Like an oasis in a desert Garden in a glass container has an irresistible fascination. A terrarium invites you to paint your scene, imitating nature. The house’s hot atmosphere in winter is not a handicap to plants in a terrarium. Since the moisture is so well maintained, your garden under glass will hardly ever need watering.
Tips on Preparing and Planting
Wash and polish the container so that it sparkles. Then, layer charcoal, gravel, and dirt. For an extra touch, put down of moss with its side out. There is for terrariums a soil mix 2 parts loam, 2 parts one part leaf mold, and sand, not full of organic substance that plants will outgrow space that is restricted. Decide where you are going to show it. If it is to be viewed from one side, place in back ones in front. If it will be viewed from all sides, centre the ones that are larger and surround them.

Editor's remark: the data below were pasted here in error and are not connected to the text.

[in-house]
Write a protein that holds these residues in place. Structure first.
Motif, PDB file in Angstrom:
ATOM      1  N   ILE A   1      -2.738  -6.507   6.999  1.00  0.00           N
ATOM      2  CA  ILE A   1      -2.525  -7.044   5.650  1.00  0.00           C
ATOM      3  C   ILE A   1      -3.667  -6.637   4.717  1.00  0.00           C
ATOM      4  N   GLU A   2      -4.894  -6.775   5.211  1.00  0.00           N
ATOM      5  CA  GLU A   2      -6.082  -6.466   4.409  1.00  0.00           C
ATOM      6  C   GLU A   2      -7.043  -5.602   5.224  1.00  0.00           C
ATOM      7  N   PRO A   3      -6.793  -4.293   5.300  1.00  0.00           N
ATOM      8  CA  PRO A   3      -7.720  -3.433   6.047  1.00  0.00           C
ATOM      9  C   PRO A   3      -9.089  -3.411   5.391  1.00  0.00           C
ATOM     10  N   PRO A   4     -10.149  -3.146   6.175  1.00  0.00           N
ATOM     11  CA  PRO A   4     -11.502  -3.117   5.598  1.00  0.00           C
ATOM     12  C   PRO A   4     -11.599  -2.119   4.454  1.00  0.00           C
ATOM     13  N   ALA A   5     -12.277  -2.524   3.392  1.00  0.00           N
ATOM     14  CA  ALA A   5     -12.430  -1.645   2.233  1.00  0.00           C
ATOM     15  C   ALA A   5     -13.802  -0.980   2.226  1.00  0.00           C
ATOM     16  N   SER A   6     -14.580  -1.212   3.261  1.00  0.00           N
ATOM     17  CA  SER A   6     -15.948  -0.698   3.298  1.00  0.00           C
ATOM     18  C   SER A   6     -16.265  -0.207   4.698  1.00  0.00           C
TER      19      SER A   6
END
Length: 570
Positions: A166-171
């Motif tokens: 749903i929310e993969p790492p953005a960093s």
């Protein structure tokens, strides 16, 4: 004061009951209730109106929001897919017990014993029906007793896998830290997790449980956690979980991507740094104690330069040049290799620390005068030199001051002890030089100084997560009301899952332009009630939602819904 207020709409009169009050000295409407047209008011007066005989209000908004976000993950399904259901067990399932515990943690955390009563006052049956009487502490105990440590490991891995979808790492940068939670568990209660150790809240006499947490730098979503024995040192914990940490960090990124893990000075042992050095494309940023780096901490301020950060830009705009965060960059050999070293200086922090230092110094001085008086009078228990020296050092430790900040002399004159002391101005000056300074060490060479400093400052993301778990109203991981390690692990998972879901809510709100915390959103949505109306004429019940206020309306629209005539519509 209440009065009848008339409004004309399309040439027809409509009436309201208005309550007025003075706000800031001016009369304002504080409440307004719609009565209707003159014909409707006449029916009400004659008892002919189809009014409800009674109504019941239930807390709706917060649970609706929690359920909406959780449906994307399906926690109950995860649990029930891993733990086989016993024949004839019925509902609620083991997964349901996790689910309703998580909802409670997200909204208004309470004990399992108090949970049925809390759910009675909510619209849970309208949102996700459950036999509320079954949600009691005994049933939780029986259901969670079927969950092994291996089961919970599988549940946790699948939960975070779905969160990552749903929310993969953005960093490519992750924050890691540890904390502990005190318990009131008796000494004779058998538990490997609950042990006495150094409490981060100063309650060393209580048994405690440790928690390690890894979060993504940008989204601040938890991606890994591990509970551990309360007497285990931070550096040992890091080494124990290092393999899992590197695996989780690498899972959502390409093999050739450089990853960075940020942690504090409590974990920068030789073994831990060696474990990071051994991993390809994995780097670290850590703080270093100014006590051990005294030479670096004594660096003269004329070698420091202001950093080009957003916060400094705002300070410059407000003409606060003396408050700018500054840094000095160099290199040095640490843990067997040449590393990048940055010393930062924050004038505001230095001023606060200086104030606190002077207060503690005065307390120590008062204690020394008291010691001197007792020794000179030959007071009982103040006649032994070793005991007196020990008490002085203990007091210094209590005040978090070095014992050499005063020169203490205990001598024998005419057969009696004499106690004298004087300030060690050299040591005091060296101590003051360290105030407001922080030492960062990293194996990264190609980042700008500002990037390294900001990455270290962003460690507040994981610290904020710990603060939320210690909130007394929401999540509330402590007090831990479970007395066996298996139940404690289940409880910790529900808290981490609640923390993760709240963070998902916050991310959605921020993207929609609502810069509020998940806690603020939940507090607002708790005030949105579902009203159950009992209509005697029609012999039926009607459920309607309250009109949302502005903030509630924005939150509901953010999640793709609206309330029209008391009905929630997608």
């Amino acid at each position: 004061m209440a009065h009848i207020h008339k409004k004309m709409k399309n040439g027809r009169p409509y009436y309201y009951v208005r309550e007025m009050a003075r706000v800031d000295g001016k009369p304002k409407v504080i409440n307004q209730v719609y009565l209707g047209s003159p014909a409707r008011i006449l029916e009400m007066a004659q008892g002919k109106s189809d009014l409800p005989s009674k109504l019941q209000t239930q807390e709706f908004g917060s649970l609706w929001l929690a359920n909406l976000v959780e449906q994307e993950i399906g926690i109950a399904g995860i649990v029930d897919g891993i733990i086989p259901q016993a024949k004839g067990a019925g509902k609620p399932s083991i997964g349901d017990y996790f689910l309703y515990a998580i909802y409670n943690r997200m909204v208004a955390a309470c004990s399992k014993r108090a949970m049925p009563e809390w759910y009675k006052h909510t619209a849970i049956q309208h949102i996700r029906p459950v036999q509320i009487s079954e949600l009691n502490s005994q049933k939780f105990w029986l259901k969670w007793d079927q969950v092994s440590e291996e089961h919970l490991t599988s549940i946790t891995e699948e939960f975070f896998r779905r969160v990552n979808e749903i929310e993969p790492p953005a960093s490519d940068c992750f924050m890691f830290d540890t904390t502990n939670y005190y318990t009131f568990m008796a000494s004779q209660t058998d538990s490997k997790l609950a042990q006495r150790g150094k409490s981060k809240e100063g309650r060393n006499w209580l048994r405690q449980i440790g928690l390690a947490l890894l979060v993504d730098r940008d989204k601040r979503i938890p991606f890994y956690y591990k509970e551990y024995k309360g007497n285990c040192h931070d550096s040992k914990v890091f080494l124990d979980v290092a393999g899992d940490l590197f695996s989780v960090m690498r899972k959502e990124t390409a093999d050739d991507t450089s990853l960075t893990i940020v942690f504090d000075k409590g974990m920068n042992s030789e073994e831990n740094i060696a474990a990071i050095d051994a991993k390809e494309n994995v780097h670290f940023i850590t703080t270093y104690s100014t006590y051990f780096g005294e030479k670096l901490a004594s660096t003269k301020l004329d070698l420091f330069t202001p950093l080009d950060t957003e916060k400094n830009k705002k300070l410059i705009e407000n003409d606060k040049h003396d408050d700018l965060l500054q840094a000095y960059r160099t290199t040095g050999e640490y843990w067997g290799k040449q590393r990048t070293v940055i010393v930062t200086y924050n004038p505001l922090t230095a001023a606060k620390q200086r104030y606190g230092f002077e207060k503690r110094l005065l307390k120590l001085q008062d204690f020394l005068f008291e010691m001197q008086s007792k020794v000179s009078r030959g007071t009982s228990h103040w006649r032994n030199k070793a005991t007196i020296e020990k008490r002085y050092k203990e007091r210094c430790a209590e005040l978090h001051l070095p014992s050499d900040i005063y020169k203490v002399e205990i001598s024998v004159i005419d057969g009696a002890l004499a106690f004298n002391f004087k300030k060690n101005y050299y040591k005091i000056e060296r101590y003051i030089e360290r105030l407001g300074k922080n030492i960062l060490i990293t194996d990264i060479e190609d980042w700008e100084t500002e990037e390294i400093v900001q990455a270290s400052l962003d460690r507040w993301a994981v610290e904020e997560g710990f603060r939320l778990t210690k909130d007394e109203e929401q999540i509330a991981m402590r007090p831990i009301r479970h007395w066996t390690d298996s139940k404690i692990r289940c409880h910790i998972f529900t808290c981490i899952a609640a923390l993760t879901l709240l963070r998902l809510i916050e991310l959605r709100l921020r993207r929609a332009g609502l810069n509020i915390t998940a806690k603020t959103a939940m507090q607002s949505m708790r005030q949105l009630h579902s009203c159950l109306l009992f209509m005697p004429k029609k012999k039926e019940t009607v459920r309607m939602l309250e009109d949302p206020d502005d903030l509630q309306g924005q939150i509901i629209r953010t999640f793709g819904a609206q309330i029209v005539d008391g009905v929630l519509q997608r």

The most tricky step is that the first watering. Moisten the soil. If you are doubtful about the ideal amount of water, stay on the dry side, for you can always add moisture if leaves shows signs of wilting. Use the glass lid humidity. Remove cover for a day or leave it open until moisture disappears, if moisture condenses in quantities. Put your glass garden in good lighting, but not in full sunlight, for this will trap too much heat and kill the plants. Not all plants are suited to terrariums. Some would be caused by the humidity. The diy terrarium plants that are best are those native to marshy places and woodlands. Listed below are a few plants which grow slowly, require humidity, and help to create a terrarium. Most must be arranged from plants men specializing in flowers.